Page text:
An open letter has been initiated by Andrea Brock, Lecturer in International Relations, Dr. Amber Huff, Research Fellow, and Dr Judith Verweijen, Lecturer in International Relations, at the Institute of Development Studies, expressing their serious concerns and condemning the prison sentences for three anti-fracking protectors in the UK.
The Independent has written about the letter, and this is what some people had to say about it:
“This harsh sentencing of environmental protestors suggests that civic space is closing. This is really worrying as non-violent protest is essential for democracy and sustainability” Professor Ian Sccones, Institute for Development Studies
“This ruling is part of a wider trend of criminalisation of protest in the UK, reducing the scope to protest to mere symbolism. The ruling, by a judge with links to the oil and gas industry, lays bare the government’s unconditional and unapologetic support of the fracking industry, at immense social and ecological costs. We are very worried about these trends, and call upon academics and everyone else who shares these concerns to speak out.” (Andrea Brock, Lecturer in International Relations, and Dr. Amber Huff, Research Fellow, Institute of Development Studies (and initiators of the open letter))
“Fracking is unpopular and controversial around Europe and north America. Using draconian measures and imprisonment to curb peaceful protest is an infringement of basic rights and a blot on UK democracy” Professor Lyla Mehta, Institute for Development Studies
The letter can be found below, and here.
[This letter was originally titled ‘Open letter from University of Sussex academics: The harsh sentencing of anti-fracking campaigners sets a dangerous precedent’. Although signers from other organisations have always been welcome, given the overwhelming support, we have officially opened it up to academics from across the country (and international allies) who wish to express their concern]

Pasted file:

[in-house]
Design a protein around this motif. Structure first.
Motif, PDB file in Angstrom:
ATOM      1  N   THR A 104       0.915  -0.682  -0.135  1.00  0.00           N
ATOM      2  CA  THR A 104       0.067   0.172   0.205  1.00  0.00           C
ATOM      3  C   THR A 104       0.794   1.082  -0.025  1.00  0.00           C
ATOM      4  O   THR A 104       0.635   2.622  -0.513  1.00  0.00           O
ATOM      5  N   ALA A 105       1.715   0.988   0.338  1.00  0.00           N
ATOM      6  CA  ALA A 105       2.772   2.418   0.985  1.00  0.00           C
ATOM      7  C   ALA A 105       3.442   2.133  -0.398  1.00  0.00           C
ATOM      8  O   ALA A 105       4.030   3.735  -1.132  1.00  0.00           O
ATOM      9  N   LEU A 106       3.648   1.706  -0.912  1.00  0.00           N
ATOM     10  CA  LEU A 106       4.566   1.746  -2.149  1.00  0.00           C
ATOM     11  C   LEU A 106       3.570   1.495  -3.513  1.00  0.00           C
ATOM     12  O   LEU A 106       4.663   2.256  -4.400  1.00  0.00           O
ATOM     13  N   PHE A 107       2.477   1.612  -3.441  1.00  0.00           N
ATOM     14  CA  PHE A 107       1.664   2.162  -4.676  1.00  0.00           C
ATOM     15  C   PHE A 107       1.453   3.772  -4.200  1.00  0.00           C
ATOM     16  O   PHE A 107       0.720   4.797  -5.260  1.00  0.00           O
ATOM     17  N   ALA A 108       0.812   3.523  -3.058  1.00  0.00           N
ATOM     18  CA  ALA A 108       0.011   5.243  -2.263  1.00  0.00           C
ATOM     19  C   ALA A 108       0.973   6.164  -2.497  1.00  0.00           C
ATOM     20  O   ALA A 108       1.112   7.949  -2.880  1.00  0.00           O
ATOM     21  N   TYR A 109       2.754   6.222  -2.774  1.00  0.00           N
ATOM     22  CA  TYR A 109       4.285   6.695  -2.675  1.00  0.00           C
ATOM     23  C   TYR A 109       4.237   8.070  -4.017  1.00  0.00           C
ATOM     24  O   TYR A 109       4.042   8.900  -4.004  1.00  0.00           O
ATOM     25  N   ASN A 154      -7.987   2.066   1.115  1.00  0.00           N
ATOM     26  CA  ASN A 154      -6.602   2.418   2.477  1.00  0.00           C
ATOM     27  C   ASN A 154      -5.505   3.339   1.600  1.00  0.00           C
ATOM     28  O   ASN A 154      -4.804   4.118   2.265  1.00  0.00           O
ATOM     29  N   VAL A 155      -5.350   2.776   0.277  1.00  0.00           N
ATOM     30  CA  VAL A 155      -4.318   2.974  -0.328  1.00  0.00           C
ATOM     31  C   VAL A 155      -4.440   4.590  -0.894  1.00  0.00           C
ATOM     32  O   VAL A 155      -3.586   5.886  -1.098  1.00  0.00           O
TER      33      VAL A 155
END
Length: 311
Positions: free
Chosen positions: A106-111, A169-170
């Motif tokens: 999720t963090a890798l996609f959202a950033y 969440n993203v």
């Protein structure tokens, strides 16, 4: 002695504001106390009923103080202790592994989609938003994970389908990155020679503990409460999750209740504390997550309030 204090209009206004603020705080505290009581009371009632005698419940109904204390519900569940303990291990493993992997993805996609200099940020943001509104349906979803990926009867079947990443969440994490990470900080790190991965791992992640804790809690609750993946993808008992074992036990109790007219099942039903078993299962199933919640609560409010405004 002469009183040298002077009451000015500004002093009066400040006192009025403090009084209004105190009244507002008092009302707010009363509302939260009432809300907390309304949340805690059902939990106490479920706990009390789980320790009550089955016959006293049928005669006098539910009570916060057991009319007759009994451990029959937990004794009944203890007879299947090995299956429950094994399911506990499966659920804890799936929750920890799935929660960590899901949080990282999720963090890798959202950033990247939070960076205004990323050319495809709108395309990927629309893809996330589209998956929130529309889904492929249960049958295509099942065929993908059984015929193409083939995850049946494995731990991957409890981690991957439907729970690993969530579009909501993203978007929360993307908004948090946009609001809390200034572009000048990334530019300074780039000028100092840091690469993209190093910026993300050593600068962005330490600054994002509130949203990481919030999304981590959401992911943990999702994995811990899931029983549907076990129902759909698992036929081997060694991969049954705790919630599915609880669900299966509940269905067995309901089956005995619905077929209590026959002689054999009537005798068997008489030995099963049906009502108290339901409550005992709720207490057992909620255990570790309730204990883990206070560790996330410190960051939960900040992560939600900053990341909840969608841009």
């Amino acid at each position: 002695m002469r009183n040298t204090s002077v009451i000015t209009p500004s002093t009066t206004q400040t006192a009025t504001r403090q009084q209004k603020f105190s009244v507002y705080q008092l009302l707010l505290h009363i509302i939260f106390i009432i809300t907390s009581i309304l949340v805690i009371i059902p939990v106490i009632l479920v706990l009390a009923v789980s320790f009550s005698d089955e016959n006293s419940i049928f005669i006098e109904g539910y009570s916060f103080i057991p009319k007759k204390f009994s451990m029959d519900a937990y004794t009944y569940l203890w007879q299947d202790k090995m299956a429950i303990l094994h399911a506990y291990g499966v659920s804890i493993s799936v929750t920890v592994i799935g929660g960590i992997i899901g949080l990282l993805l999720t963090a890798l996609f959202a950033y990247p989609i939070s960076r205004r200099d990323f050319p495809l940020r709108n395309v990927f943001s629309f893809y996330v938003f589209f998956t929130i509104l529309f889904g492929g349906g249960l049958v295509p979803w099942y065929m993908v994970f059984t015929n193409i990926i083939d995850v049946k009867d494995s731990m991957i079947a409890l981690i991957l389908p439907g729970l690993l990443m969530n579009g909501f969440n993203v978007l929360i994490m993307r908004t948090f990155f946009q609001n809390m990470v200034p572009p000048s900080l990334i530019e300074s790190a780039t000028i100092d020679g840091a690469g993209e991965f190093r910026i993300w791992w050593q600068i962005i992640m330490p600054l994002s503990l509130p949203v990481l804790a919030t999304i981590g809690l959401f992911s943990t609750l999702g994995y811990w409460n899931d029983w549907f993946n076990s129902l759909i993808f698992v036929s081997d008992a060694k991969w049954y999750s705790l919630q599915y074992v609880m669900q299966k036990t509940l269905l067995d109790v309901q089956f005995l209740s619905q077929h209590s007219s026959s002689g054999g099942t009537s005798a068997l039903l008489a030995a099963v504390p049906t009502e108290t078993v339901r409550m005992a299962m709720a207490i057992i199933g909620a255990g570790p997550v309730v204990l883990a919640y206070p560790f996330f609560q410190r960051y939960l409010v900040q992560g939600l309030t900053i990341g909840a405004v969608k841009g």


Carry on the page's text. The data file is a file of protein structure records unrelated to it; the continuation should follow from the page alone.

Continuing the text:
We the undersigned are writing to express our growing concern about the shrinking space for communities and environmental defenders to engage in civil opposition to fracking developments in the UK.
This week three non-violent campaigners opposing fracking were jailed for 15 to 16 months simply for ‘causing a public nuisance’ and for not expressing regret. Although others have received jail sentences in more recent times, this is the first time since 1932 that environmental defenders have been imprisoned for such long periods of time for staging a protest in the UK. It is also the first time ever that activists have been jailed for anti-fracking actions.
With fracking companies increasingly granted civil injunctions to prevent protest, the scope of protest is becoming more and more restricted, representing a threat to fundamental rights to freedom of expression and assembly.
Fracking is controversial in the UK. According to government surveys conducted in 2017, only 16% of people support fracking development. Given the grave environmental consequences of hydraulic fracturing and growing concerns about climate change, this is not surprising.
The ruling sets a worrying precedent, curtailing opportunities for the kind of public protests that have historically been effective in instituting the legal and policy changes that defend our environment for our future generations. We need more, not less, space for action to confront unsustainable industrial practices that harm our communities and perpetuate our reliance on fossil fuels.
We oppose this absurdly harsh sentence and join calls for an inquiry into the declining space for civil society protest that it represents.
[For an up-to-date list of signers, and to sign this letter, please click here]